16 September 2018

Knights before Bishops

Most chess players have heard the rule that one should deploy a knight towards the center before moving a bishop. The standard move order in the Spanish opening is a good example--for White, a center pawn, the king's knight, and then the king's bishop. The Italian opening follows the same sequence. Likewise, in many lines of the Queen's Gambit, White will deploy both knights before moving a bishop. In other lines one knight comes out and one bishop a move or two later, while the other minor pieces await developments that reveal their best square.

However, in the London System, White plays the queen's bishop on the second move, and may bring out both bishops before a knight moves. Likewise, Black's first minor piece to come out in the Caro-Kann is a bishop.

Erik Kislik states that knights before bishops, "is not a very useful rule" (27) in Applying Logic in Chess (2018). This rule is the first of ten that Kislik quotes from the work of some unnamed grandmaster, presented as rules for beginners. He makes an important point:
Rules in chess assume 'all else is equal',but all else rarely is equal, so we need to judge ideas based on specific circumstances. Most of the time, advice given to amateurs is in the form of rules. Chess is a concrete game though, and more often than not, this advice is too stereotypical to be of much applicable value.
Kislik, Applying Logic in Chess, 26.
Kislik runs through each of the ten rules, offering his views of how each develops principles in certain circumstances but falls short in others. His analysis is almost completely verbal, with few diagrams and analysis of specific positions.

The Review

John Hartmann sold me Kislik's book through his review in Chess Life ("Logical Ambition," CL, September 2018, 20-21). Hartmann calls Kislik's book "one of the most interesting titles to appear in recent years, ... also one of the most maddening" (20). Hartmann notes that the cover, with a flowchart for making decisions in chess, is "misleading": "There is nothing in the text that resembles a flowchart for thought" (21). Kislik's view of logic and reason is more modest.

Another book on my shelf offers flowcharts, Paata Gaprindashvili, Imagination in Chess: How to Think Creatively and Avoid Foolish Mistakes (2004). I reviewed it here on Chess Skills in February 2017. The core of that book is found in the quality and difficulty of the exercises. I have found the flowcharts marginally useful.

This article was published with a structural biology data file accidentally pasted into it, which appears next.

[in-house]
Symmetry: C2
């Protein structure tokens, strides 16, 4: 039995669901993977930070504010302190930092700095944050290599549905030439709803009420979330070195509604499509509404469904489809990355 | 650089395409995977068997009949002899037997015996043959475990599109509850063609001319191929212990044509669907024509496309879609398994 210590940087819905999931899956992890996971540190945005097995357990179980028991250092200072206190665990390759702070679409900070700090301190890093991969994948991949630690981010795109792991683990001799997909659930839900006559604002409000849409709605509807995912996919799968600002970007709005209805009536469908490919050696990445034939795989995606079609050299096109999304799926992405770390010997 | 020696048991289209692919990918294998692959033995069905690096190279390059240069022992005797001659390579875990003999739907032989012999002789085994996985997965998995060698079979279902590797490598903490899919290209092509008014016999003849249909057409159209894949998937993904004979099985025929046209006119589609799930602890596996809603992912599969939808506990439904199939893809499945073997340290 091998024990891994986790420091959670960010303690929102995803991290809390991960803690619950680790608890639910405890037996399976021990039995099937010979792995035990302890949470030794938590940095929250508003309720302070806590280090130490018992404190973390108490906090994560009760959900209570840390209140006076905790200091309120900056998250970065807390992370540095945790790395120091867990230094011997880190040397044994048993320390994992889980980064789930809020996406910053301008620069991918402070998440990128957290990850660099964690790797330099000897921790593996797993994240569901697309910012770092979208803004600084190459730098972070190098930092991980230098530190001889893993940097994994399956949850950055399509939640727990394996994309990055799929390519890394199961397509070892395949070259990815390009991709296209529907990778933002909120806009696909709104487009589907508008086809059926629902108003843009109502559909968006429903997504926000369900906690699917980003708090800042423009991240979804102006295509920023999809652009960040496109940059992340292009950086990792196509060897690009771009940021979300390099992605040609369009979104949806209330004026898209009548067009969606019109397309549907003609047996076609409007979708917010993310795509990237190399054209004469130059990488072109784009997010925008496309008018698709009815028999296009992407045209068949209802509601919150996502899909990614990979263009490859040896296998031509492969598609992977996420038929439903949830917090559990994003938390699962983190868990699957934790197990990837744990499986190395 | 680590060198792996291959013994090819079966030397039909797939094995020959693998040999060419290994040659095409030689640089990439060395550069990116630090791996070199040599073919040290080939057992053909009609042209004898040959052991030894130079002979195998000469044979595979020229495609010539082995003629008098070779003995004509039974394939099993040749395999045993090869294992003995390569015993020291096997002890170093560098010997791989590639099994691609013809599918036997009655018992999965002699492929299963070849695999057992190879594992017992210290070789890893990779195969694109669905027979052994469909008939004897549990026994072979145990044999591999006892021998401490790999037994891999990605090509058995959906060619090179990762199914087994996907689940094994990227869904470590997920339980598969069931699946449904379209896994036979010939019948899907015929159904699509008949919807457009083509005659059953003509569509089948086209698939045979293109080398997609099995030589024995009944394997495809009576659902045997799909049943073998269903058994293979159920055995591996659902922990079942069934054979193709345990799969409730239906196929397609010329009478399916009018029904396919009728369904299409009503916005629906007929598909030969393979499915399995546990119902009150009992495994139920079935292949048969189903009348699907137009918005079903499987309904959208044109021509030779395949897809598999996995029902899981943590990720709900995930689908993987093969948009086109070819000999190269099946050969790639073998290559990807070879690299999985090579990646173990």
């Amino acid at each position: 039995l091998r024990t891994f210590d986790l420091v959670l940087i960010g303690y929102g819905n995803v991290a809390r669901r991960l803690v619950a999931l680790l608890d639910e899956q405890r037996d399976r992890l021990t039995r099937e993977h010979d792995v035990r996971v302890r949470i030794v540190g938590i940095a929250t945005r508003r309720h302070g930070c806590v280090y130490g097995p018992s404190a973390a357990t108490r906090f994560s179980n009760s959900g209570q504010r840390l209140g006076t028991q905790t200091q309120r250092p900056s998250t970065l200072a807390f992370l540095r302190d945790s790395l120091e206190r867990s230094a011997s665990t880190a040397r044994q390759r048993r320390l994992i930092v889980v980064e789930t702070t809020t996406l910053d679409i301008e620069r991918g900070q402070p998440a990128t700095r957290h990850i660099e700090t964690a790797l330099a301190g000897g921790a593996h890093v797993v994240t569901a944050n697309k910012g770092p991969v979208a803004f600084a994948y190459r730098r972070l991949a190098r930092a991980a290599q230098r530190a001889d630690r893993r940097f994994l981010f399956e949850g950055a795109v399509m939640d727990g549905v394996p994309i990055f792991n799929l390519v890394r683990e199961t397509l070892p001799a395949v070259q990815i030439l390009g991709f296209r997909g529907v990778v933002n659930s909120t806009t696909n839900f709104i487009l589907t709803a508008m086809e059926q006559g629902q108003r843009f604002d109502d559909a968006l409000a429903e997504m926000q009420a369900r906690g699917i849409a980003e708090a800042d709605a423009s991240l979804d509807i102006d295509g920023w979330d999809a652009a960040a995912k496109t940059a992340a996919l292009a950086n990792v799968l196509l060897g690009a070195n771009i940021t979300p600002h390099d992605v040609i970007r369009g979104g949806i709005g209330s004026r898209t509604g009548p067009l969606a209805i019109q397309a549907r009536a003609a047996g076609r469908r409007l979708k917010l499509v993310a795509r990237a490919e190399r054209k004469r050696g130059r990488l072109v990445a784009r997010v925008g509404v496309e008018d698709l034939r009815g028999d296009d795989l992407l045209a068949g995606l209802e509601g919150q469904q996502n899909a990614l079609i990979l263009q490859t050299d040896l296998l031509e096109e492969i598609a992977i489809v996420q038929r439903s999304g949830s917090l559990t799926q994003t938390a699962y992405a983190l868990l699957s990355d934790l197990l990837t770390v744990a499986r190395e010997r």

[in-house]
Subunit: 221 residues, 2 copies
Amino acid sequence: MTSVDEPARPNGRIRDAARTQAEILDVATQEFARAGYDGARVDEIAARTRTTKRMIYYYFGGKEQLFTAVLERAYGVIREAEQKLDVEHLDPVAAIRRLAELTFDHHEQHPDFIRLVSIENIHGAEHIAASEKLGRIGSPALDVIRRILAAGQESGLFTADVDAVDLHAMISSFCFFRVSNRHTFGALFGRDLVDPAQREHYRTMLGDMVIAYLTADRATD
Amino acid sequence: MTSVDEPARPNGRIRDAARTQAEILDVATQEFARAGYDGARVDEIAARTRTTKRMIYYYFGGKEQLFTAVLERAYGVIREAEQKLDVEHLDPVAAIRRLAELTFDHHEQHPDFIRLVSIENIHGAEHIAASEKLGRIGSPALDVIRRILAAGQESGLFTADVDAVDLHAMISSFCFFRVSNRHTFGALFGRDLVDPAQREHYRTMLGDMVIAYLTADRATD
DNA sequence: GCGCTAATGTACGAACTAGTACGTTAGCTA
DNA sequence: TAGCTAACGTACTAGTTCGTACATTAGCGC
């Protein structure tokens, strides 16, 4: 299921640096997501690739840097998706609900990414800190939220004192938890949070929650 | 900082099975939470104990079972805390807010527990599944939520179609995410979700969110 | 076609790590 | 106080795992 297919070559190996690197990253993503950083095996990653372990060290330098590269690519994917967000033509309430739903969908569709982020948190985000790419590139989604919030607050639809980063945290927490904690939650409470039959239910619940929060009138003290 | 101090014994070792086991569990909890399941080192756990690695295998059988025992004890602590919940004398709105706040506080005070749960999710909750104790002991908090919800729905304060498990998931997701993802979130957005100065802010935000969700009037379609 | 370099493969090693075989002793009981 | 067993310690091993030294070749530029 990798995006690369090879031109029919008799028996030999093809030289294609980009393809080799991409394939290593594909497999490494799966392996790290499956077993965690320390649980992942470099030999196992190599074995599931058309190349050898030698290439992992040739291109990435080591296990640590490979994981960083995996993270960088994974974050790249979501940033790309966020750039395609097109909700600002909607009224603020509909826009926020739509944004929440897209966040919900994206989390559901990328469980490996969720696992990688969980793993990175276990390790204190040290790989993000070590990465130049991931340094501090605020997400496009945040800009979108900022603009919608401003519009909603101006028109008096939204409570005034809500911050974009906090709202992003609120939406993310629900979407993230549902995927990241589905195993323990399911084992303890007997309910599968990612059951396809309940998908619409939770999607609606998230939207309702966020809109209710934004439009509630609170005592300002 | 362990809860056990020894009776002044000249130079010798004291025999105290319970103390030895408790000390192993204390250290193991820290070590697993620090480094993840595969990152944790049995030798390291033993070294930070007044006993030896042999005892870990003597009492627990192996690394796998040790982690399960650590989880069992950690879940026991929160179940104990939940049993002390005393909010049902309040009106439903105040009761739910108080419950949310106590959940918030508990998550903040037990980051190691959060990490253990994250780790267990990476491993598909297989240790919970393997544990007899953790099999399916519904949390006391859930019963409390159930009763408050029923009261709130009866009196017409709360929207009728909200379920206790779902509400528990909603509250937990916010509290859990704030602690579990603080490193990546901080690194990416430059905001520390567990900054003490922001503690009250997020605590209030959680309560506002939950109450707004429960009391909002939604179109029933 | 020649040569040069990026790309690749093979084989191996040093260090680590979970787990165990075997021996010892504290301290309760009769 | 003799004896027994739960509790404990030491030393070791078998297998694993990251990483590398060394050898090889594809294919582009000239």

Hartmann's comments took me back forty years when some fellow undergraduates were taking a course on logic and making the efforts to systemize thought in terms like, "if p, then q". I did not find such an approach to logic any more useful for learning to think than studying semiotics for learning to read and write. The notion that seemed to represent this more modest view of logic, which Hartmann quotes from later in Kislik's book, that chess errors always can be explained clearly, was enough to interest me in the book.

Hartmann also notes that, "there are multi-page stretches unsullied by diagrams or analysis" (21).

Kislik's Assessment

After declaring the rule "not ... useful", Kislik highlights both its merits and shortcomings. He starts out noting that the corollary to the rules that, "developing bishops early on is suboptimal ... is definitely not true" (27). What matters, he suggests, are the reasons. Kislik highlights piece coordination, the principle of improving the worst-placed piece, and flexibility. The last is where the rule's merits become evident. The knight on g1 usually finds itself well-placed on f3 early in the game, but the optimal placement of the bishops is less certain.

His views on this rule and those that follow are thought provoking and worthy of attention. Nonetheless, his discussion seems incomplete. He laments the instruction methods for beginners that proclaim these rules without, "making sense of the principle or idea, or understanding where it came from" (26). My way of thinking about "where it came from" drives me towards historical explanations. Kislik does not offer any history of these rules.